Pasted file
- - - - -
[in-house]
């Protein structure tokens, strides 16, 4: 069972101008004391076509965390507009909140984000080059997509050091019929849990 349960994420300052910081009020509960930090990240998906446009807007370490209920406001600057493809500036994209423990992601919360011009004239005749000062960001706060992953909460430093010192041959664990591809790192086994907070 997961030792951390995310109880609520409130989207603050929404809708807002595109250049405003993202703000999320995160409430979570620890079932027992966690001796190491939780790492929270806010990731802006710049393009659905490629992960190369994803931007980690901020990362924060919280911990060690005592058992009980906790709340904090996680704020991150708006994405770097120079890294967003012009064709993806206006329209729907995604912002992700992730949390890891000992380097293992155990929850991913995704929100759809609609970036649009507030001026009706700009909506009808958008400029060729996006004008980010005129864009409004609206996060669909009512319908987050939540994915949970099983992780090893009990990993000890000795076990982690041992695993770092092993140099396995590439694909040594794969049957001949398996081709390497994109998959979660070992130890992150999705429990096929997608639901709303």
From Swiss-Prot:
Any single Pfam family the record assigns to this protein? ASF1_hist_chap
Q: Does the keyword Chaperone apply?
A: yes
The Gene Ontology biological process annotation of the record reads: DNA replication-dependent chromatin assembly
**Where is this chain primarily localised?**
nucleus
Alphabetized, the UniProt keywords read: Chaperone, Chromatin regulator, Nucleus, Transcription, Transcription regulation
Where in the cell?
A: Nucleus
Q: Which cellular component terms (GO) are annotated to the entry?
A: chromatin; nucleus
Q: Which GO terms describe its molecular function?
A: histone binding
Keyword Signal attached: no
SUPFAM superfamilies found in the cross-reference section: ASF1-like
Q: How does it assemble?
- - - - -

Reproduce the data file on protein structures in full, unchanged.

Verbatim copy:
[in-house]
């Protein structure tokens, strides 16, 4: 069972101008004391076509965390507009909140984000080059997509050091019929849990 349960994420300052910081009020509960930090990240998906446009807007370490209920406001600057493809500036994209423990992601919360011009004239005749000062960001706060992953909460430093010192041959664990591809790192086994907070 997961030792951390995310109880609520409130989207603050929404809708807002595109250049405003993202703000999320995160409430979570620890079932027992966690001796190491939780790492929270806010990731802006710049393009659905490629992960190369994803931007980690901020990362924060919280911990060690005592058992009980906790709340904090996680704020991150708006994405770097120079890294967003012009064709993806206006329209729907995604912002992700992730949390890891000992380097293992155990929850991913995704929100759809609609970036649009507030001026009706700009909506009808958008400029060729996006004008980010005129864009409004609206996060669909009512319908987050939540994915949970099983992780090893009990990993000890000795076990982690041992695993770092092993140099396995590439694909040594794969049957001949398996081709390497994109998959979660070992130890992150999705429990096929997608639901709303």
From Swiss-Prot:
Any single Pfam family the record assigns to this protein? ASF1_hist_chap
Q: Does the keyword Chaperone apply?
A: yes
The Gene Ontology biological process annotation of the record reads: DNA replication-dependent chromatin assembly
**Where is this chain primarily localised?**
nucleus
Alphabetized, the UniProt keywords read: Chaperone, Chromatin regulator, Nucleus, Transcription, Transcription regulation
Where in the cell?
A: Nucleus
Q: Which cellular component terms (GO) are annotated to the entry?
A: chromatin; nucleus
Q: Which GO terms describe its molecular function?
A: histone binding
Keyword Signal attached: no
SUPFAM superfamilies found in the cross-reference section: ASF1-like
Q: How does it assemble?